Goodnough gives backhanded praise to a less "belligerent" exile group while dredging up more unflattering images: "The subtler approach is gaining favor. Cuban-Americans have grown more politically aware since the Elián González episode, many say, when their fervor to thwart the Clinton administration and the boy's return to his father in Cuba drew national contempt. Americans who had paid little attention to the policy debate over Cuba tended to support sending Elián home, polls showed, and were put off by images of exiles blocking traffic and flying American flags upside down in protest. 'Elián González was a great lesson, a brutal lesson,' said Joe Garcia, the former executive director of the Cuban-American National Foundation, a once belligerent but now more measured exile group."
During the battle over sending immigrant Elian Gonzalez back to his father in Communist Cuba, a Times editorial from April 14, 2000 showed an atypical lack of respect for mass protests of minority groups, calling up unflattering images of foreigners the paper's liberal editors generally avoid like the plague: "The relatives, and the hundreds of supporters who daily encircle the great-uncle's home to shield the boy, make it look as if South-Florida's Cuban-Americans believe in mob rule."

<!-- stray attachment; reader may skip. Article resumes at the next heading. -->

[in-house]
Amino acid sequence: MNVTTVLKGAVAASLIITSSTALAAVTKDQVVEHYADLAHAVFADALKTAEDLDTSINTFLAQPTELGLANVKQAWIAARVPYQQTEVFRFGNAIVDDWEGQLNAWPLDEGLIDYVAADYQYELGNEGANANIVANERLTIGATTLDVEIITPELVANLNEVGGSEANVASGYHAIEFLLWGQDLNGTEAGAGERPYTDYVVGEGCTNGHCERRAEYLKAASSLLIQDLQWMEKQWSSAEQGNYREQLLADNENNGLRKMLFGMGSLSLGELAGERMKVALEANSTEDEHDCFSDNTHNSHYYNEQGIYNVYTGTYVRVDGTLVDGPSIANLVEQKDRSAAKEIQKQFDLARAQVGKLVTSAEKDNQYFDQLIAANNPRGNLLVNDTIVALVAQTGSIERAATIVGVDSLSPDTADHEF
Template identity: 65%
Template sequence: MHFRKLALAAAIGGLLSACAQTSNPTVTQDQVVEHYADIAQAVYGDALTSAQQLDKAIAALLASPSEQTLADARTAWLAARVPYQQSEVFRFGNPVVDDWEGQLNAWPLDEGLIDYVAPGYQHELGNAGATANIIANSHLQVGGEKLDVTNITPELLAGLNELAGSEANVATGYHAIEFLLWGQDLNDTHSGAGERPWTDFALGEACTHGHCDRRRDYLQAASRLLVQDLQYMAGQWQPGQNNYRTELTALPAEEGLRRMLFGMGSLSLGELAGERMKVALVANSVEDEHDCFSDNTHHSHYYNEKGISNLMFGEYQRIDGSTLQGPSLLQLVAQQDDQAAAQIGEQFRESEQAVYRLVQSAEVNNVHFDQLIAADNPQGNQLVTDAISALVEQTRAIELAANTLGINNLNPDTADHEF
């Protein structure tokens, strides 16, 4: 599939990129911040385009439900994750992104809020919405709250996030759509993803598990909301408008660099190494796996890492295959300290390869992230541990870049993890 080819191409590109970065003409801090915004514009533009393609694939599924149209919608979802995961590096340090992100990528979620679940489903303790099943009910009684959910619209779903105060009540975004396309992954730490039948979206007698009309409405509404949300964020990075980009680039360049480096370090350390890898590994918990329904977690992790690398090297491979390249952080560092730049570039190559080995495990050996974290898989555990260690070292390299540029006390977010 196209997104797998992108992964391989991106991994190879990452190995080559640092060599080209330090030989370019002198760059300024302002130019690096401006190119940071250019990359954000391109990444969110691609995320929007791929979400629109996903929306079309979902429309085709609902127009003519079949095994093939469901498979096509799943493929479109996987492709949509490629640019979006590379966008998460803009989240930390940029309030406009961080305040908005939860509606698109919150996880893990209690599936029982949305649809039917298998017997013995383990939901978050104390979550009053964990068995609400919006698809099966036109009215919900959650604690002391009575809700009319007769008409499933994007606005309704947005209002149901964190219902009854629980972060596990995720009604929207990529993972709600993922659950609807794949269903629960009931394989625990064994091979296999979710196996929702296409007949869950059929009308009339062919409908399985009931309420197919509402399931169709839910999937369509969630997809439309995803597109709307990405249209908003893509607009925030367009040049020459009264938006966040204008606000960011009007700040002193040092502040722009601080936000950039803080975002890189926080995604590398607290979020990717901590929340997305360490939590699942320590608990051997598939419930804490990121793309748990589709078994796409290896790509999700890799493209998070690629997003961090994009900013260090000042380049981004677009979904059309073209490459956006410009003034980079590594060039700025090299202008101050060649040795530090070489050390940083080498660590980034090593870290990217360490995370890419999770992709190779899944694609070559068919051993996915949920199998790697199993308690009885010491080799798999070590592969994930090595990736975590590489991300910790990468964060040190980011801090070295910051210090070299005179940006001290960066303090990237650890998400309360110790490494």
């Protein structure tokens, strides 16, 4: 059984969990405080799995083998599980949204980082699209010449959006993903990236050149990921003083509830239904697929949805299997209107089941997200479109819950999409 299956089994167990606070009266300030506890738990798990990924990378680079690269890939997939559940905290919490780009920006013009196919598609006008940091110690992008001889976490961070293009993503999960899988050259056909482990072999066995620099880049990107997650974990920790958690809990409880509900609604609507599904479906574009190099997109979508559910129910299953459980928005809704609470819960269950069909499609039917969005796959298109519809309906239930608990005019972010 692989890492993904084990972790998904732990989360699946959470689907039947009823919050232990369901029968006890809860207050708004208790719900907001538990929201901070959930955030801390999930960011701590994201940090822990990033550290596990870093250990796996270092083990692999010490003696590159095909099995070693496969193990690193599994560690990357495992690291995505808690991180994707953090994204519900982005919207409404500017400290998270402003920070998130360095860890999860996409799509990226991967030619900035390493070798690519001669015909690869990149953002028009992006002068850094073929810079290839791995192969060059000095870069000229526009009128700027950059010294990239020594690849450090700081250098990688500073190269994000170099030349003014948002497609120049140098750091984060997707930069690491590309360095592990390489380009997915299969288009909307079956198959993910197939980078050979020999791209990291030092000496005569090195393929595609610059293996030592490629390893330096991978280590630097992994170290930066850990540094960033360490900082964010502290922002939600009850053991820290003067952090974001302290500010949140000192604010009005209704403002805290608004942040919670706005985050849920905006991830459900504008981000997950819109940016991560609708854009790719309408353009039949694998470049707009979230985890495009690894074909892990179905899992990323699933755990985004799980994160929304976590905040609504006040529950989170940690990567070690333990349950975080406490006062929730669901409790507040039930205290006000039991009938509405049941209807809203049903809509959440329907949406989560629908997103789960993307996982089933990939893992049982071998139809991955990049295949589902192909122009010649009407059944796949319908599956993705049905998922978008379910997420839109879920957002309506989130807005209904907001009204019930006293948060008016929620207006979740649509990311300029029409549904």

SOURCE
December 29th, 2005  
localgrizzly
 
 
Perhaps the Times is engaging in a bit of wishful thinking. The poor devils that had to live under that monster will never forget, or forgive him!
December 29th, 2005  
03USMC
 
 
I don't believe the anti-Castro movement has lost it's zeal to see Fidel go away. I believe they may have changed to a less in your face type activity. Especially in light of the Beards advancing years and health issues. I'd bet they are in a wait and see mood.

But I'm willing to bet 5.56 can give some insight into this as Cubano from the Miami area.
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Times Article says "Florida's Zeal Against Castro Is Losing Heat"
December 30th, 2005